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The fabled city of Rey, razed to the ground by the Mongol hordes in the thirteenth century, is only a short distance from the Iranian capital of Tehran. To some, places like Shahr-e No were a fact of life, a part of their quotidian existence on the margins of society.
Kaveh Golestan was not among their number. In the early seventies, while in his twenties, he spent a number of years visiting Shahr-e No, striking up a rapport with its inhabitants. As well as the women of Shar-e No, the neighbourhood itself is also on display. In a vitrine, a map shows a district surrounded on all sides by walls, so as not to prove an eyesore. Golestan was part of a small group of intellectuals and artists keenly aware of the disparities between the social strata in Iran — of the gap between the reality of life for many Iranians, and the image of Iran the Shah was trying so assiduously to present to the world.
When Golestan took his photographs, prostitution, although rife, was forbidden. Yet according to Dr Kristin Soraya Batmanghelichi, the Pahlavi government helped regulate the industry, sending officials to Shar-e No to check for venereal disease among prostitutes. The photographs on view at Tate Modern are more or less uniform in their composition. Pin-ups of Iranian pop singers and film stars adorn the peeling wallpaper of their living quarters, which resemble those of beasts more than they do human beings.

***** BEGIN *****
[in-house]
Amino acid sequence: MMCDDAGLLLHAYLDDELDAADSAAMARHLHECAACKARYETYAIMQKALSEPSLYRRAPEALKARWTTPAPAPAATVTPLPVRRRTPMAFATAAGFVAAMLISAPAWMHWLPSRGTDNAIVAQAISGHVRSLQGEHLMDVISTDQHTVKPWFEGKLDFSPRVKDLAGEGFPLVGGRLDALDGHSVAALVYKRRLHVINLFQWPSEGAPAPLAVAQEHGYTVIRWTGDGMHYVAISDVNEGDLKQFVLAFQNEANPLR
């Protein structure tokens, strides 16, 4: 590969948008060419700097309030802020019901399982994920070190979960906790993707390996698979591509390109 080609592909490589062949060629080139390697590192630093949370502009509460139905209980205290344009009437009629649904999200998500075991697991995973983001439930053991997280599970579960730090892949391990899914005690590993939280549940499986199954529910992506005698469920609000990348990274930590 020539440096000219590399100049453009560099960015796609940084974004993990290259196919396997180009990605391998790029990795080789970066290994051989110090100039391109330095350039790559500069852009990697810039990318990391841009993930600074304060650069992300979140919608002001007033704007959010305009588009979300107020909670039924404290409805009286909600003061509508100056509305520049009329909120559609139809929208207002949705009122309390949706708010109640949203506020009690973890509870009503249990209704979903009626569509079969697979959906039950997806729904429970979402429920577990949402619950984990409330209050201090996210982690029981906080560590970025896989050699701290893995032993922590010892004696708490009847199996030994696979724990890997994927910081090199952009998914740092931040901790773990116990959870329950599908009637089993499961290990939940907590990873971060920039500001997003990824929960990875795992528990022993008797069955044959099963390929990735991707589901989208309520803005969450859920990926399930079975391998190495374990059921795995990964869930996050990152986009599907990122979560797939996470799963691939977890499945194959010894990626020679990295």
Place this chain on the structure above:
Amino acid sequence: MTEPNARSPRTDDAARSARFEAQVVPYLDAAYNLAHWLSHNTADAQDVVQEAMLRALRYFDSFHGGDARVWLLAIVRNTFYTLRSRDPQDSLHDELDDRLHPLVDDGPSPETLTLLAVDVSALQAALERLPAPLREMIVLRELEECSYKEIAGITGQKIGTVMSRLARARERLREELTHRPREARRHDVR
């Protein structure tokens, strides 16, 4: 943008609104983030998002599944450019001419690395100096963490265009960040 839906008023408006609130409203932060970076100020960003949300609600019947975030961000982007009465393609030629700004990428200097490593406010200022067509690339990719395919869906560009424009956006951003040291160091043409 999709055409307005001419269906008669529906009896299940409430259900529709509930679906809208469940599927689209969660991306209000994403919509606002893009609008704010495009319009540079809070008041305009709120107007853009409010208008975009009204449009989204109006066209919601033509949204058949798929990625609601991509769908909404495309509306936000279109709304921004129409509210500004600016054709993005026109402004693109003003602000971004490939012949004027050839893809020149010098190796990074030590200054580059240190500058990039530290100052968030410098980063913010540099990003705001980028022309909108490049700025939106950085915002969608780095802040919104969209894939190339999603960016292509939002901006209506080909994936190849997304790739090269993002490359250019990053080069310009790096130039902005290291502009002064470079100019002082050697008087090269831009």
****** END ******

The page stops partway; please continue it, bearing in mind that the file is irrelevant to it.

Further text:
In one photograph, a woman swings about a pot of esfand, a herb commonly burned to ward off the evil eye. Another holds up her ID papers, bearing her name, Zari, and a studio photograph of herself as a young girl, as if trying to prove to Golestan that she exists. Elsewhere, he captures a deal in the making. A lanky young man in an alleyway cranes his head towards a woman with a hitched-up skirt. In the many Qajar-era travelogues written by European diplomats, scholars, writers, and other sundry characters populating the chessboard of the Great Game, the portrait is more or less the same: dilapidated caravanserais, non-existent hygiene, ancient ruins used for target practice, rundown roads and crumbling bridges, bandits walled-up alive by the roadside, and everywhere, disease, hunger, and poverty.
During her short life, Farrokhzad secured her status as a modern Iranian icon. In the Film Farsi flicks of pre-Revolution Iran, a typical plot involved a luti a sort of tough guy-cum-gentleman falling for a cabaret dancer, only to discover that she was a prostitute.